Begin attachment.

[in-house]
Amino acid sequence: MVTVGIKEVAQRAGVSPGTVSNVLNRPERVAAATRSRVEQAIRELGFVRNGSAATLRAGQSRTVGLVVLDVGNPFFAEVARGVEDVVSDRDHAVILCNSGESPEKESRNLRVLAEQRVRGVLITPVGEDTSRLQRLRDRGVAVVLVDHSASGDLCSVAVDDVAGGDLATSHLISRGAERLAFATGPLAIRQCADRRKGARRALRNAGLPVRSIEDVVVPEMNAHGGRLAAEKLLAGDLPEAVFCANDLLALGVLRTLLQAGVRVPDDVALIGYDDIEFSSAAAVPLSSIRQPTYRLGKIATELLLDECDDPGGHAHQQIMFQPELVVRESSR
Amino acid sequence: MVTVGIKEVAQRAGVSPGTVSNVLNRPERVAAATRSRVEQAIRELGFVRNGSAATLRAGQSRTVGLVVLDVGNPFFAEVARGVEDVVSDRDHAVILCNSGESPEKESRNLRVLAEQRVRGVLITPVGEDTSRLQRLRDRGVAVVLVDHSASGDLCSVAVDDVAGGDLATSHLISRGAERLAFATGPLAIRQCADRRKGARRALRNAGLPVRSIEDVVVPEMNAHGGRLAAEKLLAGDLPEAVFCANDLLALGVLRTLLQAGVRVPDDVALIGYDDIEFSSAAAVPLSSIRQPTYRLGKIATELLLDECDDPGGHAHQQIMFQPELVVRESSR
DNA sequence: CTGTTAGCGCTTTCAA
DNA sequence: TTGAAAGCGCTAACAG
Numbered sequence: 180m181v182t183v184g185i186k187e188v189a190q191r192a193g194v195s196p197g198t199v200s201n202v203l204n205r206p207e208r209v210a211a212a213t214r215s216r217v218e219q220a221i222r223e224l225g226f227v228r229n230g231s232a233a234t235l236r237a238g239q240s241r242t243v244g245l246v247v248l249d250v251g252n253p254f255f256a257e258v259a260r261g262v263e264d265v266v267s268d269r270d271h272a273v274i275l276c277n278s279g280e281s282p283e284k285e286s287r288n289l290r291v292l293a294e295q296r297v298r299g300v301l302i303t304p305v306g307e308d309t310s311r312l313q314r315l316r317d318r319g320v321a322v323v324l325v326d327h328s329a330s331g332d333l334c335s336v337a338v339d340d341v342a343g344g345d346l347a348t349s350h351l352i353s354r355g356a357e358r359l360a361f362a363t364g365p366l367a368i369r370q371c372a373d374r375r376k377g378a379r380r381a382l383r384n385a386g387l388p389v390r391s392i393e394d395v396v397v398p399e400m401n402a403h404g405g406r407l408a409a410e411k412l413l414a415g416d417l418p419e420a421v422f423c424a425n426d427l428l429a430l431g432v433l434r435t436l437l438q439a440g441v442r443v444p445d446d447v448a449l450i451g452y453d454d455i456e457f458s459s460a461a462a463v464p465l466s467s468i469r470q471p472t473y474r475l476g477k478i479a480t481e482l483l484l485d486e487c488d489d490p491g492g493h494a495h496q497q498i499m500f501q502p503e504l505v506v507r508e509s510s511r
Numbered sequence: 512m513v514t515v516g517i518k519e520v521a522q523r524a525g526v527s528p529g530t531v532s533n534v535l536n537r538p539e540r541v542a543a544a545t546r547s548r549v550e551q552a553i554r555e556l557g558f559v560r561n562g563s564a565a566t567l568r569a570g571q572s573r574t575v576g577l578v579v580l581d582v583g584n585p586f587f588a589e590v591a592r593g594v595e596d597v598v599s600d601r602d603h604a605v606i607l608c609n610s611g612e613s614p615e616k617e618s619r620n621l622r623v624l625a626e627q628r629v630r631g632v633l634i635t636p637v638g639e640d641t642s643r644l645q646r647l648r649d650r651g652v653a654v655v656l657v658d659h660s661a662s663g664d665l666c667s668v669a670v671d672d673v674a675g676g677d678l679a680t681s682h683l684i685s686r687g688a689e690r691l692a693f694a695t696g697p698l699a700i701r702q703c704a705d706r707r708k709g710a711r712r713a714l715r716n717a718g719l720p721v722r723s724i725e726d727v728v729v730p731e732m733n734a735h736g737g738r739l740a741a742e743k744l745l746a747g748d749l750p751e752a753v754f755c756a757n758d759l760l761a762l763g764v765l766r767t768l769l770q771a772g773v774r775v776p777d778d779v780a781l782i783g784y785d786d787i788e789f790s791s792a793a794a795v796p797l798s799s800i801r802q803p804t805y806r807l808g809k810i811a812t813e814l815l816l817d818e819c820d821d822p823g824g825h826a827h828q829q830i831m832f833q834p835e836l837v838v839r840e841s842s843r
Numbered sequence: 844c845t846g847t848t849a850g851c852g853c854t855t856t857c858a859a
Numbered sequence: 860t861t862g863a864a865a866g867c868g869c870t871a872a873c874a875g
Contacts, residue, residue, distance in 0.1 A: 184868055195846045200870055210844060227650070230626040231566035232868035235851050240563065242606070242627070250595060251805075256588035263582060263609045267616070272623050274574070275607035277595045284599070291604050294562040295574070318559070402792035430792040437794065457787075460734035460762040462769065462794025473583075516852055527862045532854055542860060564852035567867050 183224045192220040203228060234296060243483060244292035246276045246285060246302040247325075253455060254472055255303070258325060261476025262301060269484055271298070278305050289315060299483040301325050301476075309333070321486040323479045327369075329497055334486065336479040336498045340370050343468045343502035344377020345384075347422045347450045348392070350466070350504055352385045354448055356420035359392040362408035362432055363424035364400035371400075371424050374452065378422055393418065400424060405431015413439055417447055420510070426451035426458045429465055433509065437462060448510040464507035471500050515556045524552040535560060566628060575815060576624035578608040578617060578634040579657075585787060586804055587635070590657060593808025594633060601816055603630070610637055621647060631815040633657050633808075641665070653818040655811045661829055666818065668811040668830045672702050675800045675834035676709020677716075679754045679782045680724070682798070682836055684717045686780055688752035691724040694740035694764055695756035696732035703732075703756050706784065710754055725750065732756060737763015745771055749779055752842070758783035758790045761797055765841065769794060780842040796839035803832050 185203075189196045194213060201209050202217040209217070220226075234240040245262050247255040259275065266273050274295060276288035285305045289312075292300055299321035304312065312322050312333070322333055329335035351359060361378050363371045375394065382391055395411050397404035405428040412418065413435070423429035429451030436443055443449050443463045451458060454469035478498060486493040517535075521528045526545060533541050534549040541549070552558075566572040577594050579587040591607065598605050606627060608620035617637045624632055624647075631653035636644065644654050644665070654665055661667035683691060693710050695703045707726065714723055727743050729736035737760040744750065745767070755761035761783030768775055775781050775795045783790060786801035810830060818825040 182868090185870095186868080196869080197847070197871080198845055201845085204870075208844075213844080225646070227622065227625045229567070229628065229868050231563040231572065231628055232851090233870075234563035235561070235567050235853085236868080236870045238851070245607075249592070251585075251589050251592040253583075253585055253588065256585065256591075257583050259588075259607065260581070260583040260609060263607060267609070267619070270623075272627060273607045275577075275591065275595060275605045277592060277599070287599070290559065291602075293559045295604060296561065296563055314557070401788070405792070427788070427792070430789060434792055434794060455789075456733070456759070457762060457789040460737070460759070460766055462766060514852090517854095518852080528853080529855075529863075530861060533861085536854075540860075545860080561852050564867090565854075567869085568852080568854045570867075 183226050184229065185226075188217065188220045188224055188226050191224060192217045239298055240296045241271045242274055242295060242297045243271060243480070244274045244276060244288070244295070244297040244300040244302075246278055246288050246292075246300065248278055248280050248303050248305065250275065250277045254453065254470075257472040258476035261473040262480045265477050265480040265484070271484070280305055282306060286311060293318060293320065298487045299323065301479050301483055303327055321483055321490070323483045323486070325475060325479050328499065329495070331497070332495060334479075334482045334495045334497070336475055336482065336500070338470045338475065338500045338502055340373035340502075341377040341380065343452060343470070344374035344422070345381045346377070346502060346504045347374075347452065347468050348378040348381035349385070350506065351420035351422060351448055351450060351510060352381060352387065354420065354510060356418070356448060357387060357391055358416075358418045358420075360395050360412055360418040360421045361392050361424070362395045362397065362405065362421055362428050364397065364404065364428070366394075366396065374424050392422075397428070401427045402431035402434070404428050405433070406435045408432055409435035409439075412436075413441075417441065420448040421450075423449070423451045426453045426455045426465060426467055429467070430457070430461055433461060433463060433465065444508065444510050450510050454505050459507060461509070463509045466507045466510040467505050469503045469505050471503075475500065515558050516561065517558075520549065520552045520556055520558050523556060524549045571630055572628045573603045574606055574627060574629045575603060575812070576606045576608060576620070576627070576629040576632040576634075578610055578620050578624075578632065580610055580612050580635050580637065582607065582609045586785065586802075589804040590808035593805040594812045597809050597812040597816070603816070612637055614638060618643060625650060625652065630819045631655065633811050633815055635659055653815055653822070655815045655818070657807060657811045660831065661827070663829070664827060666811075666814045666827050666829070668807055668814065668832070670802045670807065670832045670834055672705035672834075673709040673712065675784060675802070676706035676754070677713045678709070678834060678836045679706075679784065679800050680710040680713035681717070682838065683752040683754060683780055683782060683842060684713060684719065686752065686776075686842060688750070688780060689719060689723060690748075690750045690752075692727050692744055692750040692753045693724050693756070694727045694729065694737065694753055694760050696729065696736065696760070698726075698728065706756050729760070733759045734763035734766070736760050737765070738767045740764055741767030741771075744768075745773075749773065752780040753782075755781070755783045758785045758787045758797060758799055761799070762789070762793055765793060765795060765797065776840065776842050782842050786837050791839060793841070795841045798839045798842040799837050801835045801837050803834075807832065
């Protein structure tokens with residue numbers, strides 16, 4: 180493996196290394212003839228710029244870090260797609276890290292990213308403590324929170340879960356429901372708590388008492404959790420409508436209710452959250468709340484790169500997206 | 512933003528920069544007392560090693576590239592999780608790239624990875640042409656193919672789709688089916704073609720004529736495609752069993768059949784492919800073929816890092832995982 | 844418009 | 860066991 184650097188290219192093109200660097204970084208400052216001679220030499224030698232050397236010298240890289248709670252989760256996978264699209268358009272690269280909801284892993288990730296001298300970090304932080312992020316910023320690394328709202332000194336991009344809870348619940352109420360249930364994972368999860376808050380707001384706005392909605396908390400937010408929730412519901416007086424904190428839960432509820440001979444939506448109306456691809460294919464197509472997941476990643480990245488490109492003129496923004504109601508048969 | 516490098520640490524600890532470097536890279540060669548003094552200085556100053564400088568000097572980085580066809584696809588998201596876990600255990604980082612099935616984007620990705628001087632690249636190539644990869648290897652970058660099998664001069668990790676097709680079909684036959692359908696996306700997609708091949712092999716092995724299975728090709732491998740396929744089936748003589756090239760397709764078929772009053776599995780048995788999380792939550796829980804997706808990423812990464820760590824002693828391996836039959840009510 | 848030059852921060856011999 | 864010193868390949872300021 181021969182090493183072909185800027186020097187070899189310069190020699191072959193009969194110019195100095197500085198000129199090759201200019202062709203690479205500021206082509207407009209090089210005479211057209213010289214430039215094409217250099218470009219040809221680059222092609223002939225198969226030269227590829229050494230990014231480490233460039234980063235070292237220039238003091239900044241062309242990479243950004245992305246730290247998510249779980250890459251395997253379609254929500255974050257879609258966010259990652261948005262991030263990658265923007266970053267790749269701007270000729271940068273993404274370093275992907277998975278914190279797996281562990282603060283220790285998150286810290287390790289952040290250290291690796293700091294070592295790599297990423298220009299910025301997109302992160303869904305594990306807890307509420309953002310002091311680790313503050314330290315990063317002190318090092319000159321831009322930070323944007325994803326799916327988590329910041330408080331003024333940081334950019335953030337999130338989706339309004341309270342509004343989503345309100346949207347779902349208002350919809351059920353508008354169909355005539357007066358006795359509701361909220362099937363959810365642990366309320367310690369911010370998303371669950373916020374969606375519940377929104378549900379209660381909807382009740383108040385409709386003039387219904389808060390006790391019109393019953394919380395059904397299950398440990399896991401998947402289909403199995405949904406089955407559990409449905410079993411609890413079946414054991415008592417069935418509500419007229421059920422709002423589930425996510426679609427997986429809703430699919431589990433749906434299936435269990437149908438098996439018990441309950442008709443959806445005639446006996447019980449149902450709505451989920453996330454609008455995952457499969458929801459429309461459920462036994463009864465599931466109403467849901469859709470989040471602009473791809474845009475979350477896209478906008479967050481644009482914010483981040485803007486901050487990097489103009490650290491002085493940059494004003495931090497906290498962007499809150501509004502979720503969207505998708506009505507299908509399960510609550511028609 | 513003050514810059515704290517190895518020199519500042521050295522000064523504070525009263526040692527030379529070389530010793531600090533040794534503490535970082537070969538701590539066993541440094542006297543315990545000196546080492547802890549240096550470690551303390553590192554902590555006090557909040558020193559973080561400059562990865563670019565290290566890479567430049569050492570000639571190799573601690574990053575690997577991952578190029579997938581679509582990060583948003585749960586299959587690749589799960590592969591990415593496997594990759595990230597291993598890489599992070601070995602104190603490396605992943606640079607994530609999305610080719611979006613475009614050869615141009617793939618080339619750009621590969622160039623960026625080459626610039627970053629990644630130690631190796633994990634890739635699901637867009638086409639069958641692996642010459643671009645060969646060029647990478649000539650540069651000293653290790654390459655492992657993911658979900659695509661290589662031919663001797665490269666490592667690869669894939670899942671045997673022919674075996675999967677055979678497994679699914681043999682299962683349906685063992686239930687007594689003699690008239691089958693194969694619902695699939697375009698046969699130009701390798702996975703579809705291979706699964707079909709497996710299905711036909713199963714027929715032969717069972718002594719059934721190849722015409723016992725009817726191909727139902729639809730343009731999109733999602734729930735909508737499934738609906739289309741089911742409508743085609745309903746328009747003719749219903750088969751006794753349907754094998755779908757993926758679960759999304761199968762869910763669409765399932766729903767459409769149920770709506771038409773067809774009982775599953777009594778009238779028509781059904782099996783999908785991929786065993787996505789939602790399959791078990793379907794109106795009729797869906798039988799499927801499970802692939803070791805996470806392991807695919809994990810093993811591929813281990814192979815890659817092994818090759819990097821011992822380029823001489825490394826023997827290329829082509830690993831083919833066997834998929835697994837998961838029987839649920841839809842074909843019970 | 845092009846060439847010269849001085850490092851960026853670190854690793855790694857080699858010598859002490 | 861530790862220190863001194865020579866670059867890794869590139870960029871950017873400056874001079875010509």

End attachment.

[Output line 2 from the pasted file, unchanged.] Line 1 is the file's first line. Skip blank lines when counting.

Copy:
Amino acid sequence: MVTVGIKEVAQRAGVSPGTVSNVLNRPERVAAATRSRVEQAIRELGFVRNGSAATLRAGQSRTVGLVVLDVGNPFFAEVARGVEDVVSDRDHAVILCNSGESPEKESRNLRVLAEQRVRGVLITPVGEDTSRLQRLRDRGVAVVLVDHSASGDLCSVAVDDVAGGDLATSHLISRGAERLAFATGPLAIRQCADRRKGARRALRNAGLPVRSIEDVVVPEMNAHGGRLAAEKLLAGDLPEAVFCANDLLALGVLRTLLQAGVRVPDDVALIGYDDIEFSSAAAVPLSSIRQPTYRLGKIATELLLDECDDPGGHAHQQIMFQPELVVRESSR